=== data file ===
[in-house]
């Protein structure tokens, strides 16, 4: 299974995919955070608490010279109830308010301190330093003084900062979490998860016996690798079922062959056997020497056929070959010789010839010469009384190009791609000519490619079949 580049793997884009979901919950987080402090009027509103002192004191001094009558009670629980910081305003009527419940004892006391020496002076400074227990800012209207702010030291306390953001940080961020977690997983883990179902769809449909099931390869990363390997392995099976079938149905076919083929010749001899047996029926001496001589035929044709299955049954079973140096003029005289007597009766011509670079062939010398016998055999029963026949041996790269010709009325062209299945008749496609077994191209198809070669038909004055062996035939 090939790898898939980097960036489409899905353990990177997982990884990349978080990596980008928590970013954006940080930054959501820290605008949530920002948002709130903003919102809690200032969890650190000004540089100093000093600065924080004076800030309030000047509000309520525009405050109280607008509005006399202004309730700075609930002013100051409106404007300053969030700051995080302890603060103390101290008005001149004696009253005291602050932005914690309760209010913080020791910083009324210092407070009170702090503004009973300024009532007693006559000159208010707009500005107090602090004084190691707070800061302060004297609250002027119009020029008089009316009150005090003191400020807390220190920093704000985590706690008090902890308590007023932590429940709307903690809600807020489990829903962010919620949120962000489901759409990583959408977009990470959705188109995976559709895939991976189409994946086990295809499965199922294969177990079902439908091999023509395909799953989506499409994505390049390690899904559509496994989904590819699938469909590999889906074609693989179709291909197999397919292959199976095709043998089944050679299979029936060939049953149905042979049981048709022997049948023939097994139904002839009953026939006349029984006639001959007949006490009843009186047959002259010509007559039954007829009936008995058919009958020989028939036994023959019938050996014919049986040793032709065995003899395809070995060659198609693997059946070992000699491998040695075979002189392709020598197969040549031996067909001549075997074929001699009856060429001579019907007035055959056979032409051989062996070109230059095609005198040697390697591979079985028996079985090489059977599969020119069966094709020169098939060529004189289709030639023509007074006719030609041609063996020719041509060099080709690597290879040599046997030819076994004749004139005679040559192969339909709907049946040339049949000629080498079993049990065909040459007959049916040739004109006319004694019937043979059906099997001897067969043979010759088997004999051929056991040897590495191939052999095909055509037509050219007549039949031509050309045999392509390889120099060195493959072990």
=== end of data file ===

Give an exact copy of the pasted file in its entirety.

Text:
[in-house]
């Protein structure tokens, strides 16, 4: 299974995919955070608490010279109830308010301190330093003084900062979490998860016996690798079922062959056997020497056929070959010789010839010469009384190009791609000519490619079949 580049793997884009979901919950987080402090009027509103002192004191001094009558009670629980910081305003009527419940004892006391020496002076400074227990800012209207702010030291306390953001940080961020977690997983883990179902769809449909099931390869990363390997392995099976079938149905076919083929010749001899047996029926001496001589035929044709299955049954079973140096003029005289007597009766011509670079062939010398016998055999029963026949041996790269010709009325062209299945008749496609077994191209198809070669038909004055062996035939 090939790898898939980097960036489409899905353990990177997982990884990349978080990596980008928590970013954006940080930054959501820290605008949530920002948002709130903003919102809690200032969890650190000004540089100093000093600065924080004076800030309030000047509000309520525009405050109280607008509005006399202004309730700075609930002013100051409106404007300053969030700051995080302890603060103390101290008005001149004696009253005291602050932005914690309760209010913080020791910083009324210092407070009170702090503004009973300024009532007693006559000159208010707009500005107090602090004084190691707070800061302060004297609250002027119009020029008089009316009150005090003191400020807390220190920093704000985590706690008090902890308590007023932590429940709307903690809600807020489990829903962010919620949120962000489901759409990583959408977009990470959705188109995976559709895939991976189409994946086990295809499965199922294969177990079902439908091999023509395909799953989506499409994505390049390690899904559509496994989904590819699938469909590999889906074609693989179709291909197999397919292959199976095709043998089944050679299979029936060939049953149905042979049981048709022997049948023939097994139904002839009953026939006349029984006639001959007949006490009843009186047959002259010509007559039954007829009936008995058919009958020989028939036994023959019938050996014919049986040793032709065995003899395809070995060659198609693997059946070992000699491998040695075979002189392709020598197969040549031996067909001549075997074929001699009856060429001579019907007035055959056979032409051989062996070109230059095609005198040697390697591979079985028996079985090489059977599969020119069966094709020169098939060529004189289709030639023509007074006719030609041609063996020719041509060099080709690597290879040599046997030819076994004749004139005679040559192969339909709907049946040339049949000629080498079993049990065909040459007959049916040739004109006319004694019937043979059906099997001897067969043979010759088997004999051929056991040897590495191939052999095909055509037509050219007549039949031509050309045999392509390889120099060195493959072990």